Jessica Valenti states at the beginning of her book that her research and the ideas brought up in the book are controversial and she expects people to have strong reactions to it. She in fact believes they should, not so that they have to agree with her, but that they think about the material and form their own opinions. This sat well with me. Parenting, to have kids, to not have kids, to be a stay at home parent, to be a working parent, how to financially support a child, US business leave policies, and government contraception law all are stratifying choices that can elicit defensive stances. This book breaks down why there is so much defensiveness for any decision and how raising children in todays culture has changed so much. We no longer have children as a labor source for the farm, and we don't view them as mini adults as we once did. Children now are seen as a source of love and completion of self for parents. The book discusses this search for fulfillment, but also how once we view parenting as a job instead of a relationship it is then seen as something that we either pass or fail at. I have only mentioned a few topics discussed.

What I enjoyed so much about this book is that is was well researched and did not include a lot of conjecture. She does relate some of her own stories and personal accounts but I did not find it to be agenda driven except for maybe pushing parents/moms to not be so judgmental of one another. For a topic I thought I had a decent handle on she challenged some of my beliefs and the reasons behind why I thought the way I did.

Emily Beresford narrated it well. At no time did I find myself irritated with her voice, she did not overdramatize the material, and she kept me engaged to the point I was finding excuses to do activities I could continue listening to the book.

1 person found this helpful

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This book convinced me to get a vasectomy ASAP

What made the experience of listening to Why Have Kids? the most enjoyable?

I had been thinking about getting a vasectomy, but put it off because I wasn't dating. I recently began dating a 42 year old woman I really like but in order for us to continue seeing other, I must let her know whether I share her dream of being a parent to biological child(ren). This book confirmed my concerns that I will be less happy as a parent.

What about Emily Beresford’s performance did you like?

I like that she occasionally used profanity because I could relate to the author's frustrations.

9 people found this helpful

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Not interesting for listeners outside USA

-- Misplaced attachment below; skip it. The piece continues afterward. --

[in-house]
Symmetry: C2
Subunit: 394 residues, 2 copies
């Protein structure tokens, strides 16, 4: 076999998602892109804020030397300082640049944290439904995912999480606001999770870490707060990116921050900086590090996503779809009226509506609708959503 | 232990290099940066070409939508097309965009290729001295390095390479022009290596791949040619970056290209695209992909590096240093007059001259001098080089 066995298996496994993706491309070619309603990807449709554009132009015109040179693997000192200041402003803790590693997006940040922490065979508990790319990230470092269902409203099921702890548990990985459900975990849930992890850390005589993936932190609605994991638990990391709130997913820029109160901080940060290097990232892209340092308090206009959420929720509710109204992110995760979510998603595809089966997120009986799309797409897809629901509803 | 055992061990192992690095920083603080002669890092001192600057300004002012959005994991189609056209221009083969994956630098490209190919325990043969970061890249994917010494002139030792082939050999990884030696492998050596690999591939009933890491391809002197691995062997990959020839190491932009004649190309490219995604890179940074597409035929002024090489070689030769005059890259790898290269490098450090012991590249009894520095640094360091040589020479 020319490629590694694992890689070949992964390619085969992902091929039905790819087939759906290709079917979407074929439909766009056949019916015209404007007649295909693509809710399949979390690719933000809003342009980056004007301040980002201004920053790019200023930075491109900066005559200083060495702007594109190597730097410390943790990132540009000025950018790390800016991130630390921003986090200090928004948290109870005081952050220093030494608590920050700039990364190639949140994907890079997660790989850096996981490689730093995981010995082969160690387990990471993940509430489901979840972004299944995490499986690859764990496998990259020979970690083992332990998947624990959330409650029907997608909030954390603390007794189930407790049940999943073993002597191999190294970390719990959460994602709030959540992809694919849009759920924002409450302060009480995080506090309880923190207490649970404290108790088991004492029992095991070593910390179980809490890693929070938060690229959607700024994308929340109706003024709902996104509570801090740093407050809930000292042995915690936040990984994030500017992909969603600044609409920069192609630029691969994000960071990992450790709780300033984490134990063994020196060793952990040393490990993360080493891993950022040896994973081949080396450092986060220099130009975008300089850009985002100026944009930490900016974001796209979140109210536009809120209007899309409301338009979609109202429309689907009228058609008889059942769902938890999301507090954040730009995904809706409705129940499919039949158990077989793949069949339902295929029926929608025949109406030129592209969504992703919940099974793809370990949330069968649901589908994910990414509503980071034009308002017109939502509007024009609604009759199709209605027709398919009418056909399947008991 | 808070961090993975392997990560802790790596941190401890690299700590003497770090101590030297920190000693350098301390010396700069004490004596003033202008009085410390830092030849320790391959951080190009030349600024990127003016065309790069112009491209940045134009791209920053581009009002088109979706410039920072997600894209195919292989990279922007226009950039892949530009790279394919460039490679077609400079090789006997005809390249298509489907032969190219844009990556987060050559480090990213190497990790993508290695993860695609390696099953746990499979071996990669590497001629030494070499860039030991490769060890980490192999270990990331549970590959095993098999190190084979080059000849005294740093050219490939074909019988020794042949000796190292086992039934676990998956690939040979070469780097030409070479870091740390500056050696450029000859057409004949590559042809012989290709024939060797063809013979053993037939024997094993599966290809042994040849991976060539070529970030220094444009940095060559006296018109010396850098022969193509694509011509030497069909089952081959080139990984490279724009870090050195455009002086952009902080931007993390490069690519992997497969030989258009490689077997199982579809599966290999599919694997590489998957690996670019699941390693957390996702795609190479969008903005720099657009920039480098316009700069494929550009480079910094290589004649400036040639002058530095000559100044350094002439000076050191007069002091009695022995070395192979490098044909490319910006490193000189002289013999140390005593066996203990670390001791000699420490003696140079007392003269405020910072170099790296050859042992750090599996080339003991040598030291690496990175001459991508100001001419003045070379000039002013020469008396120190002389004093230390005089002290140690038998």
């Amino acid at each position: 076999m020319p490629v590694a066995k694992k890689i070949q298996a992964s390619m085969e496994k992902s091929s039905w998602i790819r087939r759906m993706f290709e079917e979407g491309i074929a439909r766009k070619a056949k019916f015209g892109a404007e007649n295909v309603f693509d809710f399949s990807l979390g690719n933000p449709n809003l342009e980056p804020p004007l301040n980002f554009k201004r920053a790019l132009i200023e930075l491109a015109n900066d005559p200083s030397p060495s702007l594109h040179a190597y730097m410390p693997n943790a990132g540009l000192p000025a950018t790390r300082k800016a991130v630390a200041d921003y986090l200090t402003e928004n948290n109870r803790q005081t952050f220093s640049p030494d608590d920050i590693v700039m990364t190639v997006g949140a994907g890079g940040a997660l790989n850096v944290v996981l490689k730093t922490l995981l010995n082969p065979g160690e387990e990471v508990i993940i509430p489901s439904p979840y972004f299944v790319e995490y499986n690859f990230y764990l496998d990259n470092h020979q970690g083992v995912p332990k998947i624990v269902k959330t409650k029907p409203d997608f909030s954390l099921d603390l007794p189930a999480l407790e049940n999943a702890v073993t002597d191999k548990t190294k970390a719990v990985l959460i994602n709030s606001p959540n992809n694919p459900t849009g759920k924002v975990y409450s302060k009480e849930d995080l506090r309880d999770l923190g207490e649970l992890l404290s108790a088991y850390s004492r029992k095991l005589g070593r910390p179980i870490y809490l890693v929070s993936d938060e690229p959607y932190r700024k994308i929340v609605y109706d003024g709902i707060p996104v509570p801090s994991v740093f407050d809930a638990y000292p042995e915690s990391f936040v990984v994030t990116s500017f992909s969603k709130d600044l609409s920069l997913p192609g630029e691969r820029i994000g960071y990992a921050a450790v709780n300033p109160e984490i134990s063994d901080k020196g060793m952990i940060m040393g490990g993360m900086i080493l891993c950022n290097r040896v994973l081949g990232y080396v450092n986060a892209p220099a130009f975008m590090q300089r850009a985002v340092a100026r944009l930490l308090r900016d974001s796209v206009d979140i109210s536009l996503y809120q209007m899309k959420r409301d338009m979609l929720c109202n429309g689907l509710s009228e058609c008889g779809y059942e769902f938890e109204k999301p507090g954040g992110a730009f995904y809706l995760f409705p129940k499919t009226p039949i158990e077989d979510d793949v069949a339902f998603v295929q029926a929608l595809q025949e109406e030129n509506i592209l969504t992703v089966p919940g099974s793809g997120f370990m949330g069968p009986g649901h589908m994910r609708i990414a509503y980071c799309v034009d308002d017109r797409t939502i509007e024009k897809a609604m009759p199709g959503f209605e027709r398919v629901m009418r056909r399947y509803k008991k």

I thought this audiobook would be about becoming a parent in general, but it mainly dealt with the societal challenges US parents face. I live in a country where society provides such benefits as one year paid parental leave (divided between the two parents) and state run quality day care, to mention but a few. Thus, the main arguments of the book are mainly irrelevant to me, except as a way to highlight the differences between USA and Northern Europe.

I also found it irritating how many times the author tries to explain or apologize for her lack of immediate enthusiasm after her daughter was born. There is a somewhat jarring clash between her statement that parents should be less hard on themselves and her own obvious guilt.

I didn't bother to listen all the way through, so the topics of the book might have become more universal as the book progresses. I didn't want to waste time figuring out if this was the case, however.

9 people found this helpful

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More Accurate Title "Wished I Didn't Have Kids"

Would you try another book from Jessica Valenti and/or Emily Beresford?

Emily Beresford, yes. Jessica Valenti, possibly. Ms. Beresford did a great job expressing the passionate tone that Ms. Valenti keeps throughout the book. Even though I think Ms. Valenti is a very talented and intelligent author, I tended to disagree with a majority of her points about the role of a mother. I would imagine that any other book would have the same political party drive, in which I would appreciate her well supported points, but disagree in the end.

What reaction did this book spark in you? Anger, sadness, disappointment?

Mostly annoyance. I felt like she was proposing mothers are entitled to a life away from her children, after they have them. She seemed to complain a lot, generalizing all men as worthless and irresponsible, and exhausting the point that raising children doesn't always lead to happiness.